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Coupling Between Metacognition and Emotions During STEM Learning With Advanced Learning Technologies: A Critical Analysis, Implications for Future Research, and Design of Learning Systems


by Roger Azevedo, Nicholas Mudrick, Michelle Taub & Franz Wortha — 2017

Metacognition and emotions play a critical role in learners’ ability to monitor and regulate their learning about 21st-century skills related to science, technology, engineering, and mathematics (STEM) content while using advanced learning technologies (ALTs; e.g., intelligent tutoring systems, serious games, hypermedia, augmented reality). In this article, we focus on the following: (1) presenting a succinct review of the assumptions, strengths, and weaknesses of two leading models of metacognition and emotions related to 21st-century skills typically not adopted by ALT researchers; (2) presenting and critiquing Azevedo and colleagues’ extension of the information processing theory of self-regulated learning by articulating the assumptions as well as describing the advantages and disadvantages of including the macro-level, micro-level, and valence of metacognitive processes; and (3) proposing future directions and presenting implications for the design of metacognitive and affect-sensitive ALTs for 21st-century skills in STEM.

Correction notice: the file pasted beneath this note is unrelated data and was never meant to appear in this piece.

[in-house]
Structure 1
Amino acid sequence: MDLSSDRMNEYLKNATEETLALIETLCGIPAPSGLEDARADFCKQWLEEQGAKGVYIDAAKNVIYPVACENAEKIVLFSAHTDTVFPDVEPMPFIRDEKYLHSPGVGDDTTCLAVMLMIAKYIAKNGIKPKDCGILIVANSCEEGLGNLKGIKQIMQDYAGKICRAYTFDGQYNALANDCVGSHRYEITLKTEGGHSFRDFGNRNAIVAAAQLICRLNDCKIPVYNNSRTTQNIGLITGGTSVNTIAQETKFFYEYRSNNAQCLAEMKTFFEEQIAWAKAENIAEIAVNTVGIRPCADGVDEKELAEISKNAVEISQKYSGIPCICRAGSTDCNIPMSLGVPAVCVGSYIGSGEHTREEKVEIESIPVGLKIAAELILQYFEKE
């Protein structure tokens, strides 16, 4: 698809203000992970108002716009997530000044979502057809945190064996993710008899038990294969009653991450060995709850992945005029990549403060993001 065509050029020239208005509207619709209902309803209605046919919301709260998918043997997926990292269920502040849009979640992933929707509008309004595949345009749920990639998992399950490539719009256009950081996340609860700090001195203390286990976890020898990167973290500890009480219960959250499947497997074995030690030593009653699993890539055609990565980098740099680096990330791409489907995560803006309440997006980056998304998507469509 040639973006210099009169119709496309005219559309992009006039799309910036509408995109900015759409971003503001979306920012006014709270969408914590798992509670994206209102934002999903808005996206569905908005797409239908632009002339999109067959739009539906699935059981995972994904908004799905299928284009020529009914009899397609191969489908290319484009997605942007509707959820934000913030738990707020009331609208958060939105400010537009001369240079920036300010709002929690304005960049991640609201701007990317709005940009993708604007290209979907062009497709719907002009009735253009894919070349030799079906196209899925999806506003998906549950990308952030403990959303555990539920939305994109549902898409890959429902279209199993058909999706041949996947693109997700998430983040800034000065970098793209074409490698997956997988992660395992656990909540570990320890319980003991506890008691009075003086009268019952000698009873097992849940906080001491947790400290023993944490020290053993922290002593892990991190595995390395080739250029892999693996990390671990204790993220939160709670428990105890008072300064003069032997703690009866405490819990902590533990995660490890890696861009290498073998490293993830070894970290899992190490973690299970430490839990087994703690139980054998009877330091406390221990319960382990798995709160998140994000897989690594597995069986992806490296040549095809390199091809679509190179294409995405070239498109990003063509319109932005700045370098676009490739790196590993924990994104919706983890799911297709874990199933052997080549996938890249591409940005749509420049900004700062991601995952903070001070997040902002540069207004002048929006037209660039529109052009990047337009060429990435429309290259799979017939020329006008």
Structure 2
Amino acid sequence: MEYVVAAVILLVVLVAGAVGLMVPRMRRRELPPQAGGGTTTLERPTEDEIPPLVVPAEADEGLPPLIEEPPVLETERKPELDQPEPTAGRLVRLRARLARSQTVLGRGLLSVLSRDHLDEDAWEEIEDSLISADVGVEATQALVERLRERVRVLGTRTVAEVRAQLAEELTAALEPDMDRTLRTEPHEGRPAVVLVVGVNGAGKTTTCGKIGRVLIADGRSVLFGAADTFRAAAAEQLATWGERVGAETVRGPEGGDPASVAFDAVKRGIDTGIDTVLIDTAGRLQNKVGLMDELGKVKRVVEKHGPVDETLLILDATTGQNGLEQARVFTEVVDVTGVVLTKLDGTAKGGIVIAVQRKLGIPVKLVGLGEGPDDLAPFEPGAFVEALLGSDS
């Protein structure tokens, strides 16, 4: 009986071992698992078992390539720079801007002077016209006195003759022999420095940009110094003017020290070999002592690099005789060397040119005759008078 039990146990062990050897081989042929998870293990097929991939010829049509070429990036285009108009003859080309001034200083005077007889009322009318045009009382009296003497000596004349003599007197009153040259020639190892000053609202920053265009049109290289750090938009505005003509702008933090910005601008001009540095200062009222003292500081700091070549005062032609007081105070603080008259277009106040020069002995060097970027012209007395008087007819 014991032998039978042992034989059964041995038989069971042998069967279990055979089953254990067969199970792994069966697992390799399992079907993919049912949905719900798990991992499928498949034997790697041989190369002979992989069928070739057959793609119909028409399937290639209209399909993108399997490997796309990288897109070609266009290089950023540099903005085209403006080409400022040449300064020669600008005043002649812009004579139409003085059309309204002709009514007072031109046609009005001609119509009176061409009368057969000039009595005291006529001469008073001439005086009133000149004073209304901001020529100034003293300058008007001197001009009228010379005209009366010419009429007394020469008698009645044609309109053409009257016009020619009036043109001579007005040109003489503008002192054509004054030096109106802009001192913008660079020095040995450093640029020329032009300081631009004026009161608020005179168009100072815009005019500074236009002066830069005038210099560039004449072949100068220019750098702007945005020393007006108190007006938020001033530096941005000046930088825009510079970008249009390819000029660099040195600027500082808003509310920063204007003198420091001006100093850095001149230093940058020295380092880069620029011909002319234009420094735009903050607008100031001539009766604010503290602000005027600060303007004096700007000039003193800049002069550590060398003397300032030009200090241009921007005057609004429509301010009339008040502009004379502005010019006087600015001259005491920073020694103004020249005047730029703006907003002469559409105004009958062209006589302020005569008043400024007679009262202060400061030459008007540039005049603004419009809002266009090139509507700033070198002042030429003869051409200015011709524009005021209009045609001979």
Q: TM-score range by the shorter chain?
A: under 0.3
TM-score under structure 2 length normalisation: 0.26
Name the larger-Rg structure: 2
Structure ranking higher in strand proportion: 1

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Cite This Article as: Teachers College Record Volume 119 Number 13, 2017, p. 1-
http://www.tcrecord.org ID Number: 21922, Date Accessed: 10/19/2017 2:18:41 PM

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About the Author
  • Roger Azevedo
    North Carolina State University
    E-mail Author